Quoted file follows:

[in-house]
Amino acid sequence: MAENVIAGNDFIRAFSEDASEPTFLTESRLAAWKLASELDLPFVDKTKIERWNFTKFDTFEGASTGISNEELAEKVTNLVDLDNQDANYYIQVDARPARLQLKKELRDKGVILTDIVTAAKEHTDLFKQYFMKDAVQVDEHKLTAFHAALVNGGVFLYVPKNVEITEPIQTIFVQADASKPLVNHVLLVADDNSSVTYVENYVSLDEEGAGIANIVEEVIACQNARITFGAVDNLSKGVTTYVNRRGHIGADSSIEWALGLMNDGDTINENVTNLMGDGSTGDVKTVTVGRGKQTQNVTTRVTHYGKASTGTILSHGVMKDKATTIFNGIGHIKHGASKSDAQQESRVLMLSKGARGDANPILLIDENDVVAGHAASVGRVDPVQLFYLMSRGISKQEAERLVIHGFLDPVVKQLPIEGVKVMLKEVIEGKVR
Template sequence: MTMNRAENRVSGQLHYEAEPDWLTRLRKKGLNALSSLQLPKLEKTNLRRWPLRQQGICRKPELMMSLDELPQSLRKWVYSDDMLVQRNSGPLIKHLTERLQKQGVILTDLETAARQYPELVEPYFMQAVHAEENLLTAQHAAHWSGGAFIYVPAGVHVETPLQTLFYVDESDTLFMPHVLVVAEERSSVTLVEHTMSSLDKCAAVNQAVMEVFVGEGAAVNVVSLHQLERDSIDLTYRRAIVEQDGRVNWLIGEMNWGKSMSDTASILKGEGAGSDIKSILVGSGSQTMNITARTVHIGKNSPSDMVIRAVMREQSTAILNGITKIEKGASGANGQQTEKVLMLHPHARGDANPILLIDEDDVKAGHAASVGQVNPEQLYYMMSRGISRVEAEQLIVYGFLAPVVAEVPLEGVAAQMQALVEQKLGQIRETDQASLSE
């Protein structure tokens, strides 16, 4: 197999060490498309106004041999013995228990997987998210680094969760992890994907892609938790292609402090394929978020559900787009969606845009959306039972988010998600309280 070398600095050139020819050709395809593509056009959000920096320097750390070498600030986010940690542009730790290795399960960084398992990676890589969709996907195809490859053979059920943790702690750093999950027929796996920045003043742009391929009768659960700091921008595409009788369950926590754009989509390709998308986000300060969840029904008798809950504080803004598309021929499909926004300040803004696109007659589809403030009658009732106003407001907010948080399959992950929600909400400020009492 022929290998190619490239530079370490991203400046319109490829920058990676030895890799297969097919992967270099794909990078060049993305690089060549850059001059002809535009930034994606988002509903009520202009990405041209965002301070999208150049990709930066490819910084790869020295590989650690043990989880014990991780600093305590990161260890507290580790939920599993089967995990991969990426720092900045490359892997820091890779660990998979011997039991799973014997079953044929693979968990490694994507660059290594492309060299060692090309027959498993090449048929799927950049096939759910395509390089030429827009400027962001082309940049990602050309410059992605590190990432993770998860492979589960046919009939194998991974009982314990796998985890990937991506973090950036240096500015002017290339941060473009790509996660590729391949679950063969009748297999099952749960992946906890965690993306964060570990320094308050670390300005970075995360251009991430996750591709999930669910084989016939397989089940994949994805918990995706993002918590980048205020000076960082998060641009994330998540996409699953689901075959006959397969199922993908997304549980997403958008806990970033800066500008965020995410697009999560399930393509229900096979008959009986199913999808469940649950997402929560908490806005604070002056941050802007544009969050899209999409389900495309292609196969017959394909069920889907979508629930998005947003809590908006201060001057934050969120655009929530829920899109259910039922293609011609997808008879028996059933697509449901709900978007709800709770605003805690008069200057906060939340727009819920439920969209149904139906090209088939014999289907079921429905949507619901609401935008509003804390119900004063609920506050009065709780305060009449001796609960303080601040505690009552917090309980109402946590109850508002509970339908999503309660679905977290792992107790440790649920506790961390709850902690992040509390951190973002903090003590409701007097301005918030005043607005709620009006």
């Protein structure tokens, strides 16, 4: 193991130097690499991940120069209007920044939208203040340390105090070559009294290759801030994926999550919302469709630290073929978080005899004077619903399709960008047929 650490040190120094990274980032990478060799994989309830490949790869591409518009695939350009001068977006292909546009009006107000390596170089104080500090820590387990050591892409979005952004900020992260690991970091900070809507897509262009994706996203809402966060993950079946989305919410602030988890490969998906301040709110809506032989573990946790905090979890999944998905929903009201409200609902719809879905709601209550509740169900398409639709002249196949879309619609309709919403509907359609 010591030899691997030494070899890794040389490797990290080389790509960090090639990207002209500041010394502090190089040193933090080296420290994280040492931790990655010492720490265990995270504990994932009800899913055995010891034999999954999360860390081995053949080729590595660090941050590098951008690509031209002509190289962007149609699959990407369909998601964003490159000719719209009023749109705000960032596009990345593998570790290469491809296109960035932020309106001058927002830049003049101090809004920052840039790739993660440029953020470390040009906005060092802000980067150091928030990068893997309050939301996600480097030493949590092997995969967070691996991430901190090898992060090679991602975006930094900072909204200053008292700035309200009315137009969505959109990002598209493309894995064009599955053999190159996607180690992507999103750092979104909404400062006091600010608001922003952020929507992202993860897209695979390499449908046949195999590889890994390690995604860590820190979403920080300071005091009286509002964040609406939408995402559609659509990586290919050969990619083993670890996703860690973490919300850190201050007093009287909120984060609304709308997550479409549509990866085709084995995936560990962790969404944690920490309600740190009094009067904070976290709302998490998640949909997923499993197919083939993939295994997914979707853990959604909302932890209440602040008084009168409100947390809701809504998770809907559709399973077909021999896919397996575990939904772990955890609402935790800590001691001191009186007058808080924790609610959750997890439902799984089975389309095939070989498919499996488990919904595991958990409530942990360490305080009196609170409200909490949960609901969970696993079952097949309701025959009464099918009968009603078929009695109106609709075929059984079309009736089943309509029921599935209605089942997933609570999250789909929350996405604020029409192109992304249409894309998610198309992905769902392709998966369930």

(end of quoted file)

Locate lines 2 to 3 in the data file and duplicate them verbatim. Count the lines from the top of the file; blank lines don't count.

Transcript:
Amino acid sequence: MAENVIAGNDFIRAFSEDASEPTFLTESRLAAWKLASELDLPFVDKTKIERWNFTKFDTFEGASTGISNEELAEKVTNLVDLDNQDANYYIQVDARPARLQLKKELRDKGVILTDIVTAAKEHTDLFKQYFMKDAVQVDEHKLTAFHAALVNGGVFLYVPKNVEITEPIQTIFVQADASKPLVNHVLLVADDNSSVTYVENYVSLDEEGAGIANIVEEVIACQNARITFGAVDNLSKGVTTYVNRRGHIGADSSIEWALGLMNDGDTINENVTNLMGDGSTGDVKTVTVGRGKQTQNVTTRVTHYGKASTGTILSHGVMKDKATTIFNGIGHIKHGASKSDAQQESRVLMLSKGARGDANPILLIDENDVVAGHAASVGRVDPVQLFYLMSRGISKQEAERLVIHGFLDPVVKQLPIEGVKVMLKEVIEGKVR
Template sequence: MTMNRAENRVSGQLHYEAEPDWLTRLRKKGLNALSSLQLPKLEKTNLRRWPLRQQGICRKPELMMSLDELPQSLRKWVYSDDMLVQRNSGPLIKHLTERLQKQGVILTDLETAARQYPELVEPYFMQAVHAEENLLTAQHAAHWSGGAFIYVPAGVHVETPLQTLFYVDESDTLFMPHVLVVAEERSSVTLVEHTMSSLDKCAAVNQAVMEVFVGEGAAVNVVSLHQLERDSIDLTYRRAIVEQDGRVNWLIGEMNWGKSMSDTASILKGEGAGSDIKSILVGSGSQTMNITARTVHIGKNSPSDMVIRAVMREQSTAILNGITKIEKGASGANGQQTEKVLMLHPHARGDANPILLIDEDDVKAGHAASVGQVNPEQLYYMMSRGISRVEAEQLIVYGFLAPVVAEVPLEGVAAQMQALVEQKLGQIRETDQASLSE